Detection of monkeypox in the Maldives a possibility



Health Protection Agency (HPA), on Sunday, has urged the public to take precautions over the possibility of the detection of monkeypox cases in the Maldives which is currently widespread around the world.

The expanding monkeypox outbreak in more than 70 countries across the globe prompted the World Health Organization (WHO) to declare the disease a global emergency.

In a statement released on Sunday evening following WHO’s declaration of monkeypox as a global emergency – HPA said that there are chances of detecting the disease in the Maldives based on its spread in other nations.

Underscoring that monkeypox is transmitted through close physical interactions between people – HPA stressed that the spread of the disease would take place much differently compared to COVID-19 which is primarily transmitted through respiratory droplets.

With consideration of the present situation of the disease across the world – WHO has placed its risk level at mid-range. However, the threat of monkeypox outbreaks in European countries is much more imminent.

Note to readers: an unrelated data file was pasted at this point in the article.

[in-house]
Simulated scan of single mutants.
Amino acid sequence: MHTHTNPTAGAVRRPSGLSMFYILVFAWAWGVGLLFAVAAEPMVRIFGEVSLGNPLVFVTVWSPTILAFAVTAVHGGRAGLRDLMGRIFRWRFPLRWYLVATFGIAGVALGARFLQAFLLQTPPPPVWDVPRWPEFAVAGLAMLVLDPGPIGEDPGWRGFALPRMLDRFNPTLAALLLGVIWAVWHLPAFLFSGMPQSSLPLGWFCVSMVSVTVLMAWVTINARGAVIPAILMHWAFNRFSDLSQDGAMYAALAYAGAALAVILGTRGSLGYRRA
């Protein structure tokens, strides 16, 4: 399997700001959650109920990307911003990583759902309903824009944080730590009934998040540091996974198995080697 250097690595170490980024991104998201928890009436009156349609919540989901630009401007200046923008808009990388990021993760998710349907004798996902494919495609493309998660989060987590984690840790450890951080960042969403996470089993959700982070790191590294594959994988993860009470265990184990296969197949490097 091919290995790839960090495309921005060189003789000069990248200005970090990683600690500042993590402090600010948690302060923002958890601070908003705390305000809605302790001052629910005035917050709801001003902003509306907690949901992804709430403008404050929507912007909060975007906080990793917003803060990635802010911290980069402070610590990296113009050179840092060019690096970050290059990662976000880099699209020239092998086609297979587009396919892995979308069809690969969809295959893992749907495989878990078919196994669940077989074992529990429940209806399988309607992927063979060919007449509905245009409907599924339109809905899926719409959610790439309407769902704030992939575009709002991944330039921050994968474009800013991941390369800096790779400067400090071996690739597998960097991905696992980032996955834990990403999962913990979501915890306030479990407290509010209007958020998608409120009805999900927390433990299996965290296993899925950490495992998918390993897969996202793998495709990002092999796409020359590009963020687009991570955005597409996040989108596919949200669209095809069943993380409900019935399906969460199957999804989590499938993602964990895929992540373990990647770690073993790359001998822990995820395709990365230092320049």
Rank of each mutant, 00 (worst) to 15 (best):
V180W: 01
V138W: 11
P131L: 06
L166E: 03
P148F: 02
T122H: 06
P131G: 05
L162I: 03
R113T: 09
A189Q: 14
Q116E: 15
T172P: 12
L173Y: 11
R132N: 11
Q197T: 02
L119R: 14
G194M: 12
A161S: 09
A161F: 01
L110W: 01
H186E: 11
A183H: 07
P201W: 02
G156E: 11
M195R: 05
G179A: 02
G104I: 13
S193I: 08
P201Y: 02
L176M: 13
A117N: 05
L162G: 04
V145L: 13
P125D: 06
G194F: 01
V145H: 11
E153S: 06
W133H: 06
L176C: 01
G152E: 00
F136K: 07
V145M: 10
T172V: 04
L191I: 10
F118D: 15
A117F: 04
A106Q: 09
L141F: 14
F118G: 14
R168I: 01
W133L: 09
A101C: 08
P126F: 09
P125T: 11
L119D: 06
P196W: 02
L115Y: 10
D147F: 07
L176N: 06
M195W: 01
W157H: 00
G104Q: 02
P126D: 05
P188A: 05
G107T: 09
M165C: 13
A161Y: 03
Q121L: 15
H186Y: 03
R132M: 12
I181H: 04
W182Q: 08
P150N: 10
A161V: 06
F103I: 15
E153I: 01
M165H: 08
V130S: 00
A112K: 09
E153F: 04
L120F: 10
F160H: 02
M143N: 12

In their statement – HPA also noted that new modes of transmission have been identified in countries reporting first-time infections in comparison to modes of transmission observed previously in countries that have had known cases. On this note, the Agency stressed that monkeypox is mainly observed among men, especially those having same-gender sexual relations.

Nevertheless, HPA said that few cases of monkeypox have been observed amongst women and children.

“Although monkeypox cases are witnessed amongst certain groups of people in countries reporting infections for the first time – WHO has underscored difference in modes of transmission and its widespread in many nations as extremely concerning despite lack of severity in infections,” the statement also read.

Pointing out the lack of testing, medication and vaccination for monkeypox in the world at the moment – HPA highlighted the importance of all nations collaboratively working to control the disease.